Wednesday, November 15, 2017

Secrets From The Ice Proves Of Things Still Thriving

I well remember a conversation not so long ago when a head CBC programmer mused about canceling The Nature Of Things after its 50th season on air.
Well, that programmer has long departed while NOT is enjoying one of its best ever seasons ever.
And if you don't believe me tune in Sunday night at 8 for Secrets From The Ice.
The key player here is an indigenous hunter almost 500 years old who was trapped in the Yukon ice for five centuries.
Only with climate change was his hunter discovered and tests of his DNA indicate he was related to at least 15 ancestors living today.
Producer Andrew Gregg says in an interview he's been fascinated by the North since he first visited  in 1983 --in March 1986 he moved to Whitehorse as a photographer for the Whitehouse Star and then became a producer with Northern Native Broadcasting Yukon.
I remember his more recent documentary on finding ships of the lost Franklin expedition.
In his latest production Gregg also went to Lillehammer, Norway where climate change has resulted in finds of the Viking civilization.
"Both societies hunter reindeer or caribou--Viking sold meat to other European peoples as well."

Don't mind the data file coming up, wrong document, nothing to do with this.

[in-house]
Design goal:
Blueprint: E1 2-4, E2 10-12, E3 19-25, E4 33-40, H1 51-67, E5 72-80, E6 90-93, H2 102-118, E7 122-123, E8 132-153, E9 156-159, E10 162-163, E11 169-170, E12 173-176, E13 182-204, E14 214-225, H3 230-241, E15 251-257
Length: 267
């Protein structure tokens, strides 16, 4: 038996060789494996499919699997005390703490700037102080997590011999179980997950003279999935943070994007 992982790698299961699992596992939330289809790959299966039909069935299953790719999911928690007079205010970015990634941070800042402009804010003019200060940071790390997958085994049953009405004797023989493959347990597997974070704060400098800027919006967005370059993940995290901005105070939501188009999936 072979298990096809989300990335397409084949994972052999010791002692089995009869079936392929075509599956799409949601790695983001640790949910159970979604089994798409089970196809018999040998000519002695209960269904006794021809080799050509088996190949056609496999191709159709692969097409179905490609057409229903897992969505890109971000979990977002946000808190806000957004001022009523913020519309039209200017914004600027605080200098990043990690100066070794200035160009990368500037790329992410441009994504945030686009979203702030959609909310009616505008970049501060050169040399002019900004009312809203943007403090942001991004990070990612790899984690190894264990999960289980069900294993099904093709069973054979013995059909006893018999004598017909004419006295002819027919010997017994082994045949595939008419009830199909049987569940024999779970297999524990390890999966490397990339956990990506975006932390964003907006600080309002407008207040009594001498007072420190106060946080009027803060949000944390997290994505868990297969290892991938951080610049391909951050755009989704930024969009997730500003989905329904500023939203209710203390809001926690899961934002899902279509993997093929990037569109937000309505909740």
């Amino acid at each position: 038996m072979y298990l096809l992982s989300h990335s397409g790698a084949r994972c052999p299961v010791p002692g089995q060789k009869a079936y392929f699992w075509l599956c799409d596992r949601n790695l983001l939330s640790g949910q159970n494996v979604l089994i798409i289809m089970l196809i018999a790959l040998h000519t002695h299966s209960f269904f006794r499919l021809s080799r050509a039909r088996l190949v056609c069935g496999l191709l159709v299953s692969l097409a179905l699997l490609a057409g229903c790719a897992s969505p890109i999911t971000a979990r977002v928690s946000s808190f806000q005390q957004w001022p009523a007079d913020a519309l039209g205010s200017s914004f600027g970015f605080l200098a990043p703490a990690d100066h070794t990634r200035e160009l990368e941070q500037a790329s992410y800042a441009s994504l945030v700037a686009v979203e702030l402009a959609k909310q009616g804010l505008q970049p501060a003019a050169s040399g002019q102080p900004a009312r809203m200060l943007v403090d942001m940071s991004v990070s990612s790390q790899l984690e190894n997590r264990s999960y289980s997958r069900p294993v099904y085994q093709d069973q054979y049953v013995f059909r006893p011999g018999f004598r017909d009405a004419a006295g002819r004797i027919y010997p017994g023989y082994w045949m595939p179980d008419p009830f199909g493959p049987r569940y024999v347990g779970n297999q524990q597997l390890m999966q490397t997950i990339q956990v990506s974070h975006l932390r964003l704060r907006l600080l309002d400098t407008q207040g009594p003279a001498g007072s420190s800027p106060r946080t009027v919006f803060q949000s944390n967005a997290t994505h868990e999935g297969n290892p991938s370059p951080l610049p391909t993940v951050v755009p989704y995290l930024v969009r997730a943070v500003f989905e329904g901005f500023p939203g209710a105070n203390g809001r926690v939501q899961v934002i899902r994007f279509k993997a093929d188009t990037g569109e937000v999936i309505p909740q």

Gregg is such an accomplished filmmaker he can make the discovery of an arrowhead exciting.
And as he points out  it was special for the indigenous inhabitants of the area --they are discovering they are part of a complex society that was relevant then as today.
So is this the plus side of climate change?
Gregg suspects there are other secrets out there waiting to be discovered.
These artifacts lie in the ice patches of the Yukon mountains --and not the moving glaciers. What are emerging are ancient tools used by hunters --they emerge from the melting ice in pristine shape.
The ancient hand-tooled weapons would have eroded away decades ago but the ice has perfectly preserved them for modern generations.
Gregg might agree with me that the Yukon was hardly a "hot" spot for archeology but now that situation seems completely reversed.
I ask him if the conditions are the same in Norway? What about the mountains of Siberia --another potential site in the future.
With the hunter lost for 500 years and now found one wonders why was he traveling there --was he injured or did the elements get him? It's an historical puzzle that completely fascinates.
For First Nation observers of today he became a cherished ancestor and even got a name: Kwaday Dan Ts'inchi or Long Ago Man Found.
A link to the past has finally come home. Gregg directed, wrote and produced this  great historical puzzle for 90th Parallel Productions.

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